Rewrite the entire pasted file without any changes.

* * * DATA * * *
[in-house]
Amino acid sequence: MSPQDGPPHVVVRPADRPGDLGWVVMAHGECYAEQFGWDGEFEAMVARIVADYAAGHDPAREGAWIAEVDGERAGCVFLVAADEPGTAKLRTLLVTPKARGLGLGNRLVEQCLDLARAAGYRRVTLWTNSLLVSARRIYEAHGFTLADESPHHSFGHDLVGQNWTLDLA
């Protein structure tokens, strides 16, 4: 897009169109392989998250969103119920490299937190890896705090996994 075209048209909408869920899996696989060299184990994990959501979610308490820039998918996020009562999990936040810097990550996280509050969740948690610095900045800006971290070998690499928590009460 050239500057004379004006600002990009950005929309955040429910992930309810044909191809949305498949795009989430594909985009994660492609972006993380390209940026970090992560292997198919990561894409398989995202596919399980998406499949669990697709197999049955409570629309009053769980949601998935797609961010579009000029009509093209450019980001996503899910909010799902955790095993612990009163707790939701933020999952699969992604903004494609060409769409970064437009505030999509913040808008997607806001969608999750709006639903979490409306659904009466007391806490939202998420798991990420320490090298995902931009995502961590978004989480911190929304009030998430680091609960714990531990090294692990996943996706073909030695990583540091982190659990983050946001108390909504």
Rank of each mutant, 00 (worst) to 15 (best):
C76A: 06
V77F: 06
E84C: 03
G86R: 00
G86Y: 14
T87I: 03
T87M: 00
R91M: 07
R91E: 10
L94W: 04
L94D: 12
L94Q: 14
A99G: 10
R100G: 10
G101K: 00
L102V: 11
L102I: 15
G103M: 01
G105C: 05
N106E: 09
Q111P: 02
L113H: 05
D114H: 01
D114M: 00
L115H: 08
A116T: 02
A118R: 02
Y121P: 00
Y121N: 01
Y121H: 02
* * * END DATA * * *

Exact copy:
[in-house]
Amino acid sequence: MSPQDGPPHVVVRPADRPGDLGWVVMAHGECYAEQFGWDGEFEAMVARIVADYAAGHDPAREGAWIAEVDGERAGCVFLVAADEPGTAKLRTLLVTPKARGLGLGNRLVEQCLDLARAAGYRRVTLWTNSLLVSARRIYEAHGFTLADESPHHSFGHDLVGQNWTLDLA
């Protein structure tokens, strides 16, 4: 897009169109392989998250969103119920490299937190890896705090996994 075209048209909408869920899996696989060299184990994990959501979610308490820039998918996020009562999990936040810097990550996280509050969740948690610095900045800006971290070998690499928590009460 050239500057004379004006600002990009950005929309955040429910992930309810044909191809949305498949795009989430594909985009994660492609972006993380390209940026970090992560292997198919990561894409398989995202596919399980998406499949669990697709197999049955409570629309009053769980949601998935797609961010579009000029009509093209450019980001996503899910909010799902955790095993612990009163707790939701933020999952699969992604903004494609060409769409970064437009505030999509913040808008997607806001969608999750709006639903979490409306659904009466007391806490939202998420798991990420320490090298995902931009995502961590978004989480911190929304009030998430680091609960714990531990090294692990996943996706073909030695990583540091982190659990983050946001108390909504």
Rank of each mutant, 00 (worst) to 15 (best):
C76A: 06
V77F: 06
E84C: 03
G86R: 00
G86Y: 14
T87I: 03
T87M: 00
R91M: 07
R91E: 10
L94W: 04
L94D: 12
L94Q: 14
A99G: 10
R100G: 10
G101K: 00
L102V: 11
L102I: 15
G103M: 01
G105C: 05
N106E: 09
Q111P: 02
L113H: 05
D114H: 01
D114M: 00
L115H: 08
A116T: 02
A118R: 02
Y121P: 00
Y121N: 01
Y121H: 02